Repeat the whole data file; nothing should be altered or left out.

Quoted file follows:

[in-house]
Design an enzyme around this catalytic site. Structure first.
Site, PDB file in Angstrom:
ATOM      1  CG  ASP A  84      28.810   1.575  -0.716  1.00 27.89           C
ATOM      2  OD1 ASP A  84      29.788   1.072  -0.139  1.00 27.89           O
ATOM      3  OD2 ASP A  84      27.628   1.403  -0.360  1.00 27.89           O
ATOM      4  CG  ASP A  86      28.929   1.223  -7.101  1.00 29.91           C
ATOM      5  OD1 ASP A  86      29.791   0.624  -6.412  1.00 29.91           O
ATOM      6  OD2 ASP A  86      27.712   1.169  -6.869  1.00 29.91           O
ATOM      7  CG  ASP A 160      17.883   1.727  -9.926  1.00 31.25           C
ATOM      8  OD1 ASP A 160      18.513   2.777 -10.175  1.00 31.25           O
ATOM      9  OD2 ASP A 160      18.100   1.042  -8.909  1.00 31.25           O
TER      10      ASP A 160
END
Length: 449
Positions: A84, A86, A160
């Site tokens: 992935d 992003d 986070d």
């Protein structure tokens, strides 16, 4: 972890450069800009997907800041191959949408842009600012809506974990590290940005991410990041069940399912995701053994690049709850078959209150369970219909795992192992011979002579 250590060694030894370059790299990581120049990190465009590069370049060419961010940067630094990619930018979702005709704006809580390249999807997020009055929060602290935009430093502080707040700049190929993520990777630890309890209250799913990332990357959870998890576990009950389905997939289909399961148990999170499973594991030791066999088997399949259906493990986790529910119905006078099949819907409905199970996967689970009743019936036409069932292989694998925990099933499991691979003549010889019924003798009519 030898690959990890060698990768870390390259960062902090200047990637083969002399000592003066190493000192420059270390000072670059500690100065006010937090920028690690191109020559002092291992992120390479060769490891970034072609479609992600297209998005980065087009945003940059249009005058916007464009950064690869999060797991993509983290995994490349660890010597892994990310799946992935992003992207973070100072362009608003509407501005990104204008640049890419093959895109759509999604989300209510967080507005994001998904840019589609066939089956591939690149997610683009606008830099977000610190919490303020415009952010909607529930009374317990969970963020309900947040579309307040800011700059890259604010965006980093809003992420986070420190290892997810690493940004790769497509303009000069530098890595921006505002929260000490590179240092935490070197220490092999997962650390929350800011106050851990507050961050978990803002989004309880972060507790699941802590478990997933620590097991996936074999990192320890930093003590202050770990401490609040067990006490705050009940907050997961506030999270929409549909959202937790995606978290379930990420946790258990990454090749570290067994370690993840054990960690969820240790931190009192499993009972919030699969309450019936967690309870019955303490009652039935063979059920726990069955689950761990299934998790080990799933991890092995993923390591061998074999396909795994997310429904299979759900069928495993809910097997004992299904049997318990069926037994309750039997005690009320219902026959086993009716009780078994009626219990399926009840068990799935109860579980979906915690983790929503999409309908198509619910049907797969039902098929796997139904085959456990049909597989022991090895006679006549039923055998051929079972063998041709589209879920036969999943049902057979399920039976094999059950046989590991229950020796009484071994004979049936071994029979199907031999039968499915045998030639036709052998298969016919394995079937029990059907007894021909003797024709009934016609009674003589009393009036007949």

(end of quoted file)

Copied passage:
[in-house]
Design an enzyme around this catalytic site. Structure first.
Site, PDB file in Angstrom:
ATOM      1  CG  ASP A  84      28.810   1.575  -0.716  1.00 27.89           C
ATOM      2  OD1 ASP A  84      29.788   1.072  -0.139  1.00 27.89           O
ATOM      3  OD2 ASP A  84      27.628   1.403  -0.360  1.00 27.89           O
ATOM      4  CG  ASP A  86      28.929   1.223  -7.101  1.00 29.91           C
ATOM      5  OD1 ASP A  86      29.791   0.624  -6.412  1.00 29.91           O
ATOM      6  OD2 ASP A  86      27.712   1.169  -6.869  1.00 29.91           O
ATOM      7  CG  ASP A 160      17.883   1.727  -9.926  1.00 31.25           C
ATOM      8  OD1 ASP A 160      18.513   2.777 -10.175  1.00 31.25           O
ATOM      9  OD2 ASP A 160      18.100   1.042  -8.909  1.00 31.25           O
TER      10      ASP A 160
END
Length: 449
Positions: A84, A86, A160
């Site tokens: 992935d 992003d 986070d």
């Protein structure tokens, strides 16, 4: 972890450069800009997907800041191959949408842009600012809506974990590290940005991410990041069940399912995701053994690049709850078959209150369970219909795992192992011979002579 250590060694030894370059790299990581120049990190465009590069370049060419961010940067630094990619930018979702005709704006809580390249999807997020009055929060602290935009430093502080707040700049190929993520990777630890309890209250799913990332990357959870998890576990009950389905997939289909399961148990999170499973594991030791066999088997399949259906493990986790529910119905006078099949819907409905199970996967689970009743019936036409069932292989694998925990099933499991691979003549010889019924003798009519 030898690959990890060698990768870390390259960062902090200047990637083969002399000592003066190493000192420059270390000072670059500690100065006010937090920028690690191109020559002092291992992120390479060769490891970034072609479609992600297209998005980065087009945003940059249009005058916007464009950064690869999060797991993509983290995994490349660890010597892994990310799946992935992003992207973070100072362009608003509407501005990104204008640049890419093959895109759509999604989300209510967080507005994001998904840019589609066939089956591939690149997610683009606008830099977000610190919490303020415009952010909607529930009374317990969970963020309900947040579309307040800011700059890259604010965006980093809003992420986070420190290892997810690493940004790769497509303009000069530098890595921006505002929260000490590179240092935490070197220490092999997962650390929350800011106050851990507050961050978990803002989004309880972060507790699941802590478990997933620590097991996936074999990192320890930093003590202050770990401490609040067990006490705050009940907050997961506030999270929409549909959202937790995606978290379930990420946790258990990454090749570290067994370690993840054990960690969820240790931190009192499993009972919030699969309450019936967690309870019955303490009652039935063979059920726990069955689950761990299934998790080990799933991890092995993923390591061998074999396909795994997310429904299979759900069928495993809910097997004992299904049997318990069926037994309750039997005690009320219902026959086993009716009780078994009626219990399926009840068990799935109860579980979906915690983790929503999409309908198509619910049907797969039902098929796997139904085959456990049909597989022991090895006679006549039923055998051929079972063998041709589209879920036969999943049902057979399920039976094999059950046989590991229950020796009484071994004979049936071994029979199907031999039968499915045998030639036709052998298969016919394995079937029990059907007894021909003797024709009934016609009674003589009393009036007949």